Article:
Some Comments on a Minimum Wage Testimony
There’s been a lot said on the prospect of increasing the minimum wage in Saint Louis. A lot of that has come from Show-Me Institute researchers. However, an interesting perspective on raising the minimum wage comes from Nahuel Fefer, the newly hired Special Assistant to the Mayor for Policy and a recent graduate of Washington University. He testified (testimony starts at 1:20:28) before the Ways and Means Committee the day after I did and he raises some points that are worth discussing.
It appears from the testimony that Mr. Fefer supports raising the minimum wage. The first thing to notice when listening to his testimony is that a lot of it simply relates to the number of workers making below a certain wage level. For example, Mr. Fefer says that 44 percent of the workers in Saint Louis City make less than $15 an hour and 14 percent of workers make the minimum wage or less. Even if Mr. Fefer’s numbers are correct, and for the sake of argument, let’s say that they are, these statistics don’t tell us a whole lot. A key point people need to understand in discussing the minimum wage is that people who earn low wages aren’t necessarily in poor households. A man working as a greeter for $9 an hour at Wal-mart might be an upper-middle class retiree who just wants to stay active. Of course, he might not be, but Mr. Fefer’s statistics don’t tell us one way or another. This information is useful in that it captures the raw number of workers who could see pay increases, but nothing much beyond that.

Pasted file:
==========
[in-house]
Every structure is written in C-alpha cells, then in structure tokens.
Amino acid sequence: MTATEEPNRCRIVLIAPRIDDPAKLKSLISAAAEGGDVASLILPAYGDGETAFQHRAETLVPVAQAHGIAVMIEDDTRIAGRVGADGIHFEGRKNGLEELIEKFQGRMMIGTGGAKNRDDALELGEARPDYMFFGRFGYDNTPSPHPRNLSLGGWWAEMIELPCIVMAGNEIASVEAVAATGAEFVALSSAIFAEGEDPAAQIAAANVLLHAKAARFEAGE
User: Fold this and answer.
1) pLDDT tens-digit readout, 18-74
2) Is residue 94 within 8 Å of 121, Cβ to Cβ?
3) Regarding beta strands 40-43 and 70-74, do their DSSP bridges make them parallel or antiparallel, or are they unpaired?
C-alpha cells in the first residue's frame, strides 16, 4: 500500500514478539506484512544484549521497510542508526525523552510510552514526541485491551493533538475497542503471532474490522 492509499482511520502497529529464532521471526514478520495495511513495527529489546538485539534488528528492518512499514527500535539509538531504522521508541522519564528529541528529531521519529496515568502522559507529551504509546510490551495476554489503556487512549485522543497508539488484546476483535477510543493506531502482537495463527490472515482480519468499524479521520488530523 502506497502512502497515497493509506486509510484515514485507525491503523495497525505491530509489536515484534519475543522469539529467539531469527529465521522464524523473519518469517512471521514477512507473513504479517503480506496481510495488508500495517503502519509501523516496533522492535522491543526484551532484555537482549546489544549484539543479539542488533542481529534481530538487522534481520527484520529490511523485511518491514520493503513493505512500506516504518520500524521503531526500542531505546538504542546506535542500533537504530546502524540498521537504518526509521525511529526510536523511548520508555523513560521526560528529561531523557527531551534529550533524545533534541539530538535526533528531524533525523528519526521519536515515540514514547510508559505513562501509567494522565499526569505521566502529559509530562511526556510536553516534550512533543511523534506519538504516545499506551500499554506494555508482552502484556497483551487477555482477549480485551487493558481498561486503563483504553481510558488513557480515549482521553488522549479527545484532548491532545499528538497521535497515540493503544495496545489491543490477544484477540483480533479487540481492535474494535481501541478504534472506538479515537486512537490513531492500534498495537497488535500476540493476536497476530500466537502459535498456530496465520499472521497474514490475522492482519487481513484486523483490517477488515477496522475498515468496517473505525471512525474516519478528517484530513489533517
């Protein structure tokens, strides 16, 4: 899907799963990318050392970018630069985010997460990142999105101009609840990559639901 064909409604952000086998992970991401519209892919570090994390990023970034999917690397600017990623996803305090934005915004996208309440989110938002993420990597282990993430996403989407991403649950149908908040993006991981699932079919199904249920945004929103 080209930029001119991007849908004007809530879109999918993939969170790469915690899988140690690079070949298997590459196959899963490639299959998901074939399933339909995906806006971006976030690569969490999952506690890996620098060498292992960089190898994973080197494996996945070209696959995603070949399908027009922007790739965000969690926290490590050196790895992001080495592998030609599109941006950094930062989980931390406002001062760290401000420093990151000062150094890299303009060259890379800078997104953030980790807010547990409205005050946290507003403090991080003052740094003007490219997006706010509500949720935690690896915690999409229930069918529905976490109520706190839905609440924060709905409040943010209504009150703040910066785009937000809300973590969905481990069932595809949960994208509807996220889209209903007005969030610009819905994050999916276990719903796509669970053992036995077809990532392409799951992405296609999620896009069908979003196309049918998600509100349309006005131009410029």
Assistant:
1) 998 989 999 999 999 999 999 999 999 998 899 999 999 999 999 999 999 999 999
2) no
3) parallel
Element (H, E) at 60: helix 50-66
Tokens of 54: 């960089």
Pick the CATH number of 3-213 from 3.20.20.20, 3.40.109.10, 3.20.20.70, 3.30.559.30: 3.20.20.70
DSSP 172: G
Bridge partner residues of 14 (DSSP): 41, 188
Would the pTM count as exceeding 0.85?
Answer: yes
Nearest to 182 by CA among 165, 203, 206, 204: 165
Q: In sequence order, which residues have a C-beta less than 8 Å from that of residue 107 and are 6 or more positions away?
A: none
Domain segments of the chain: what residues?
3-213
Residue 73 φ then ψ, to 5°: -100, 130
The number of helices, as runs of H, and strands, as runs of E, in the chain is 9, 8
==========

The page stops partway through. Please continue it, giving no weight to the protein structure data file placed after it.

A bigger problem with Mr. Fefer’s testimony is that he overstates the evidence in support of his position. Mr. Fefer states, “The theory that raising the minimum wage results in job loss has been proved wrong in just about every case.” That’s simply inaccurate. One can point to several studies that show that raising the minimum wage does harm employment.
The minimum wage is certainly a contentious issue. Voices on both sides should be heard and given due consideration. However, it is important that any information which is presented to the public is put in the proper context and any errors are corrected.